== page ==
Black holes appear be ubiquitous in the universe – most galaxies, if not all, appear to host a supermassive one in their nucleus. The origin of the first, seed black holes, however, remains an open question. Observationally detected bright quasars powered by accreting black holes are found to be in place when the universe was a fraction of its current age and accounting for their existence necessitates rapid growth from a new class of initial seeds. Natarajan will present her work on a new channel to form massive black hole seeds in the early universe – direct collapse black holes – that form in pristine pre-galactic gas disks; the mounting evidence from multi-wavelength data that supports this picture as well as the prospects for testing this model further with data from future space observatories - the James Webb Space Telescope, WFIRST, eROSITA and Euclid mission.
About the speaker: Natarajan is a professor at Yale University, with appointments in the Departments of Astronomy and Physics, where she also serves as the Director of the Franke Program in Science and the Humanities currently. She is the Chair of the Division of Astrophysics of the American Physical Society. Her research work has focused on confronting theoretical models and state of the art simulations with observational data in understanding the formation, fueling and feedback from black holes tracking their assembly history over cosmic time and mapping dark matter from gravitational lensing to test the standard paradigm for structure formation. Recipient of many awards and honors for her research including a Title A fellowship at Trinity College, Cambridge; Guggenheim, Radcliffe, Paco Ynudrian and Caroline Herschel fellowships, she also holds the Tycho and Sophie Brahe Visiting Professorship at the Niels Bohr Institute in Copenhagen and an honorary professorship for life at the University of Delhi.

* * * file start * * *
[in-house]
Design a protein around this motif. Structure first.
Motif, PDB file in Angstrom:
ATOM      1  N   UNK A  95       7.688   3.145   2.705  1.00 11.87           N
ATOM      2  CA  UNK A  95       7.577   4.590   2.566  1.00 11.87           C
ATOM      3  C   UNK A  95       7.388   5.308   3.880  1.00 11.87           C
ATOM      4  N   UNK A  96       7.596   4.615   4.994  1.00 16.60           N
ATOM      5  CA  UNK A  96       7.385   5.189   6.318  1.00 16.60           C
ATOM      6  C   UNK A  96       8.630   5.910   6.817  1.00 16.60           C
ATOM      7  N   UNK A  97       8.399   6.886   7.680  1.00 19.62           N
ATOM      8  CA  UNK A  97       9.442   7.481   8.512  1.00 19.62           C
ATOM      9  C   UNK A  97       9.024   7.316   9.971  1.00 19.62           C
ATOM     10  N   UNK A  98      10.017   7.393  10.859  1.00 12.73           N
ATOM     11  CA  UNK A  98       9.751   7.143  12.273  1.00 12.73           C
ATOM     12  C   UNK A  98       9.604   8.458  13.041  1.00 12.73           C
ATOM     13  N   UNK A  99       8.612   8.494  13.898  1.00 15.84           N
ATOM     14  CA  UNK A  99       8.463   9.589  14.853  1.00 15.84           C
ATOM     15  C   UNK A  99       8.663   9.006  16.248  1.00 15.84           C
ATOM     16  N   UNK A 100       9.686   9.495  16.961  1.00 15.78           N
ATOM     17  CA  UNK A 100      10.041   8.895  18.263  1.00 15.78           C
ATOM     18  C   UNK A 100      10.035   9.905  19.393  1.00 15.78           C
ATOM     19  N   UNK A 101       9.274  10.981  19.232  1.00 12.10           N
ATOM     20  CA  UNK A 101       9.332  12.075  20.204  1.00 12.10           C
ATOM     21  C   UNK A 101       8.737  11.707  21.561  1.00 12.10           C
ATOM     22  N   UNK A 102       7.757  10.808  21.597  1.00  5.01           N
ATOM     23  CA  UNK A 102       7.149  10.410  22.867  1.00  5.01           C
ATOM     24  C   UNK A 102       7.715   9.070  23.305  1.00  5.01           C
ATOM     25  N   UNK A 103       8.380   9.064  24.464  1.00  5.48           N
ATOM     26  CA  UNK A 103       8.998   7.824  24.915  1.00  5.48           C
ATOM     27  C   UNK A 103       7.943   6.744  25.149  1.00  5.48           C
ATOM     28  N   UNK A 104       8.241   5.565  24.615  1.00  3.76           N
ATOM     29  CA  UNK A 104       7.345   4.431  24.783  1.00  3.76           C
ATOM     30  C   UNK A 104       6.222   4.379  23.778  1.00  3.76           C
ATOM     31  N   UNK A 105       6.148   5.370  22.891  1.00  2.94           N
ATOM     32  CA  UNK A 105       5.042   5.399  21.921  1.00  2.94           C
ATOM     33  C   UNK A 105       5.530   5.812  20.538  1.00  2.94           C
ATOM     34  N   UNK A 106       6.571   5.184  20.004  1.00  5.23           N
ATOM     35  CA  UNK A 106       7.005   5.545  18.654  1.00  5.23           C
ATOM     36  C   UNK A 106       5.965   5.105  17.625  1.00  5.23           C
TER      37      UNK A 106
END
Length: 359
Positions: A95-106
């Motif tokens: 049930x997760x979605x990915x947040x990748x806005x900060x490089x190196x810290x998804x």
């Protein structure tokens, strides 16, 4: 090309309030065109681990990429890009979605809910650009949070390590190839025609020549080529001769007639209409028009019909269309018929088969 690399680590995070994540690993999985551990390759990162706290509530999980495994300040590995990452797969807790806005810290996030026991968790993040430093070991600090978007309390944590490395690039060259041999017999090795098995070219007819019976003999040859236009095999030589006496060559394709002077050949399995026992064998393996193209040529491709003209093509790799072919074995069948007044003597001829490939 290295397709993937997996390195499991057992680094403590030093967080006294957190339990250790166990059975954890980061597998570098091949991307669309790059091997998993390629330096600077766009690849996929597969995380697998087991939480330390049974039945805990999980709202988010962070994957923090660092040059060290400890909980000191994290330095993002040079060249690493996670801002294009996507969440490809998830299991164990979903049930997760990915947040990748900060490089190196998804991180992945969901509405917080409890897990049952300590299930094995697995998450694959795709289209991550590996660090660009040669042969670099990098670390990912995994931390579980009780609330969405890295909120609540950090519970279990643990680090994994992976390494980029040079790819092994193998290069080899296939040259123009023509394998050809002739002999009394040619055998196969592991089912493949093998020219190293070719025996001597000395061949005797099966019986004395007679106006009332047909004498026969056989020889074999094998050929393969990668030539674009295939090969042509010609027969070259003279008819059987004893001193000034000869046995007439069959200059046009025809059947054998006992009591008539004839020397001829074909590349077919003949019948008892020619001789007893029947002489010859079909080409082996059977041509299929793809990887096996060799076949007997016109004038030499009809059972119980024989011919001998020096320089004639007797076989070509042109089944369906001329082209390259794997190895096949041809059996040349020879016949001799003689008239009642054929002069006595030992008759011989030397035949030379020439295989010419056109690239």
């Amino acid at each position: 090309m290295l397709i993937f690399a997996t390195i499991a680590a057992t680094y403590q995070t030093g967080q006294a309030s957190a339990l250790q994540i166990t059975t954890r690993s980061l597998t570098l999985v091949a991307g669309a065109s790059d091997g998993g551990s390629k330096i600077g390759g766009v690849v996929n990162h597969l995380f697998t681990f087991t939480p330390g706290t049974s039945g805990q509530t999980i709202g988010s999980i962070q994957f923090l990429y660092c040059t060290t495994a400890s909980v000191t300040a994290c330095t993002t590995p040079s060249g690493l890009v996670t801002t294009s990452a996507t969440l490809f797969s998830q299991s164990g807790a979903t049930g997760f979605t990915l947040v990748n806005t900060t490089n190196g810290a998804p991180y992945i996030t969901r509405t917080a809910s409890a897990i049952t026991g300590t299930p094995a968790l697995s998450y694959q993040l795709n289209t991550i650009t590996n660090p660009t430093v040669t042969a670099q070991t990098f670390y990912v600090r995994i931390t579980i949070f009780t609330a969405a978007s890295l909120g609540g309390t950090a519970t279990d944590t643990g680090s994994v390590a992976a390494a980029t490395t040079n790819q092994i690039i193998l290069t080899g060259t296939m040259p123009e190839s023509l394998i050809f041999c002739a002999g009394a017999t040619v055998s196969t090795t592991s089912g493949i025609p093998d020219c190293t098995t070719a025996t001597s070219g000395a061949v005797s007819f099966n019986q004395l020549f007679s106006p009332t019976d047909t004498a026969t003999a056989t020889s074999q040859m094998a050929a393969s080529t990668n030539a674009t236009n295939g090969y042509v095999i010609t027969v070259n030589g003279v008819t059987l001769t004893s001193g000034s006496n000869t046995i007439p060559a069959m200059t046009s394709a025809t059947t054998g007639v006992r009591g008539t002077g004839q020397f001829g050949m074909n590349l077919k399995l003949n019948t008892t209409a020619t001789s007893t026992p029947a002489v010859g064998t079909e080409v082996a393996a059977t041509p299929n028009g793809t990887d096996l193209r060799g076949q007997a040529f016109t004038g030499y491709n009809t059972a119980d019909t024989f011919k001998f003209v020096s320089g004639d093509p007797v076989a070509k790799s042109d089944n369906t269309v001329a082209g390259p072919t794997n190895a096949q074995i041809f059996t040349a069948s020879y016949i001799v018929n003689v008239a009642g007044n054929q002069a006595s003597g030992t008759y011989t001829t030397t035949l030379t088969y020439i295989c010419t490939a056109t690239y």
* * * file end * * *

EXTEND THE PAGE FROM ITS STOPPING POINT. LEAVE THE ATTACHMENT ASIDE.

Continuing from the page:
W. Lerche/TH-SP........ Tea and coffee will be served at 16h00